Four Against the 4th and 5th Amendment Rights

The Bill of Rights was created to ensure that the basic freedoms that American citizens enjoy are upheld. The Fourth and Fifth amendments protect against unfair searches, seizure and self-incrimination. Although the intentions of the law are good-and they have over the years helped many citizens-some people with something to hide have used these rights to keep their secrets close. In this way, law enforcement has discovered the disadvantages of the fourth and fifth amendments to the constitution.

Miranda Issues

The Fifth Amendment is part of the rights given to every person placed under arrested in the U.S. called the Miranda Rights or Miranda Warning. It was designed to remind the arrested person of his or her Fifth Amendment rights against self-incrimination and the Sixth Amendment right to due process and representation. However, suspects have used these warnings to gain a not guilty verdict in cases where the evidence overwhelmingly points to guilty. Confessions that suspects are eager to give before the Miranda warning are also not admissible in court. The Fifth Amendment has essentially become a technicality that many guilty parties use to gain not guilty verdicts.

Impede Investigation

The Fourth Amendment right against illegal search and seizure requires law enforcement to obtain search warrants before entering a home and taking evidence. Today, however, the Fourth Amendment right has be stretched to prevent officers from taking blood and bodily fluid samples from the accused. Phone records and conversations are also covered.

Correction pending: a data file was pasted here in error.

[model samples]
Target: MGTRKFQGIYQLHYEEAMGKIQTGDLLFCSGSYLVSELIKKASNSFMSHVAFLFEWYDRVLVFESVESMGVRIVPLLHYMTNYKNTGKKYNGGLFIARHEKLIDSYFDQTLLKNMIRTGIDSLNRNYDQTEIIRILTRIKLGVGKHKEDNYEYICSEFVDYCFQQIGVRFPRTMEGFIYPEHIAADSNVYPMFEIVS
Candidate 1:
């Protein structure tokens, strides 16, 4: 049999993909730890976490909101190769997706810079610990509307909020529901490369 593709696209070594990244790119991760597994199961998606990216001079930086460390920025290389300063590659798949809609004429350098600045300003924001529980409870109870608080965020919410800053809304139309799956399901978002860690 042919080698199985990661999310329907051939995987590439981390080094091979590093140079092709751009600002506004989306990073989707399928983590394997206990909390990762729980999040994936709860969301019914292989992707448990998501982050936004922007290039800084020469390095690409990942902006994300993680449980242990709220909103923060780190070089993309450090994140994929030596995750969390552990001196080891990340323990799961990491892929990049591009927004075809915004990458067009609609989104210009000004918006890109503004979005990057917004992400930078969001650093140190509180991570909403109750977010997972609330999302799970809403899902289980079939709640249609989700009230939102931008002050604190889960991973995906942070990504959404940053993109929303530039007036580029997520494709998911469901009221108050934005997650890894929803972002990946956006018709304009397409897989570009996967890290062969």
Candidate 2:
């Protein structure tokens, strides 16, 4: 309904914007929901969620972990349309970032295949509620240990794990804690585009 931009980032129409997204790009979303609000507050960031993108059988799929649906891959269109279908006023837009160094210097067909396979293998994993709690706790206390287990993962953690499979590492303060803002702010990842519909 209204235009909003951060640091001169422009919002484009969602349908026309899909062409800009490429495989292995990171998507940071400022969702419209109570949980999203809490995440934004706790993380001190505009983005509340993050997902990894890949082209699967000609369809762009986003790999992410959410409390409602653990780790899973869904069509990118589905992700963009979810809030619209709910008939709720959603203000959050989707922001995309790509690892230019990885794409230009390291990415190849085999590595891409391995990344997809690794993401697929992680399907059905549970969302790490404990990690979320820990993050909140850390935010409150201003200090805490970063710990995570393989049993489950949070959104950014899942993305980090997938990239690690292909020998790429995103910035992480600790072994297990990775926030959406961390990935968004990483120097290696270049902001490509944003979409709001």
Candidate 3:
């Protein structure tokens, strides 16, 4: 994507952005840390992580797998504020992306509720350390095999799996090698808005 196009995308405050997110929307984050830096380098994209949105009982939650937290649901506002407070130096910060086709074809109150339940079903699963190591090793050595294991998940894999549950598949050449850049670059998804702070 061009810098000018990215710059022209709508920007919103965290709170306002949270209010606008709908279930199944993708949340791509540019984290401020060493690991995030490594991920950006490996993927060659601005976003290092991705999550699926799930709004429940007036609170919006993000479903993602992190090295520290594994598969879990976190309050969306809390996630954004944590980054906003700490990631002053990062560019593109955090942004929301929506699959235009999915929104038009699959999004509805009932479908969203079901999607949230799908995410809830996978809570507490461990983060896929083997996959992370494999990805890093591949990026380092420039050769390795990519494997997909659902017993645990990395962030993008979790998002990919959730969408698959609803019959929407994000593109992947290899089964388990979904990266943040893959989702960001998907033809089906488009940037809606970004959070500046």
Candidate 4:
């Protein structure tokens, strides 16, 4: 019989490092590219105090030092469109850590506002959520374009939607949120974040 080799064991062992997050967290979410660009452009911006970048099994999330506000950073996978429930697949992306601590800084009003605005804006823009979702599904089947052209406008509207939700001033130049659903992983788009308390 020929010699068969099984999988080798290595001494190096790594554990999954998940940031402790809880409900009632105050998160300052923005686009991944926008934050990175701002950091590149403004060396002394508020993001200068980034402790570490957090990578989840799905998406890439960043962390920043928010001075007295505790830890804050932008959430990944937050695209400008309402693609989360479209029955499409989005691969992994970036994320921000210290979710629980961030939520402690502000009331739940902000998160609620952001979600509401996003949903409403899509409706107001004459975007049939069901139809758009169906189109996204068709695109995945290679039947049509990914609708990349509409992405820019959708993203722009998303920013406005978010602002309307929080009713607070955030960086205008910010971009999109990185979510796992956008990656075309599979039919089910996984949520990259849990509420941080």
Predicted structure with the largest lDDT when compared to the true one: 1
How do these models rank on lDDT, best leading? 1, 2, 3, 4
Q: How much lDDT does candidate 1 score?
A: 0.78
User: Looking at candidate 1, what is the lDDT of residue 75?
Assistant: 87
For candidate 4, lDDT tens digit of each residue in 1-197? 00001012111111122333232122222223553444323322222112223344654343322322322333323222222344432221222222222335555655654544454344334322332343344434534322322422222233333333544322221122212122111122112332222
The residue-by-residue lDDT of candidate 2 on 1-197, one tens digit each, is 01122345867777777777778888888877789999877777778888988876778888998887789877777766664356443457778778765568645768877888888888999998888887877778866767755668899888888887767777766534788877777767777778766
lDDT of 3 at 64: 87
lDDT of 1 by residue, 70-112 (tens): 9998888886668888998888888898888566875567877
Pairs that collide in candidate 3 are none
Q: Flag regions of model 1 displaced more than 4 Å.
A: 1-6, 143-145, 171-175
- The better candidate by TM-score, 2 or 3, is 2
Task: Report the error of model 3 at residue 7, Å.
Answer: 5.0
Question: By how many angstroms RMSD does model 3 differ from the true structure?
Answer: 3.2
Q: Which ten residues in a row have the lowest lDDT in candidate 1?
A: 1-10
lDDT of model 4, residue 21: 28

In the midst of an investigation, however, the guilty use the right to hide evidence or to deflect an investigation. For example, police acting in the best interest of the victim may inadvertently enter a home and find evidence pointing to the guilty party. Until a warrant is issued, however, that evidence may not be collected. Furthermore, no matter how sure that the investigators are of a suspect hiding within a home, they cannot enter without enough proof to get a warrant.

Time Factor

It is often said that the first 48 hours are crucial in solving a case. Suspects afraid of self-incrimination or people hiding within a private home are things that can cause an investigation to hit a time lag. The time spent gathering enough evidence to prove that the victim is inside a location may be precious time wasted if the victim is injured and in serious need of help.

A Stretch

Defense attorneys have helped use the Fourth and Fifth amendments to stretch beyond the original interpretation, tying the investigator’s hands. In addition to the boldily fluids being covered under the Fourth amendment, the Fifth amendment has been expanded to prevent spouses from testifying against their husbands. The Fourth Amendment also now covers vehicles, personal bags, purses and backpacks. This has forced cop to become more creative in gathering evidence, like going after discarded objects and the trash.

“Fifth Amendment,” Cornell University Law.
“Miranda Law: A Guide to Priviledge Against Self-incrimination,” North Carolina Weslayn College.
“The Exclusionary Rule,” University of Texas.
“Fourth Amendment,” Electric Law Library.

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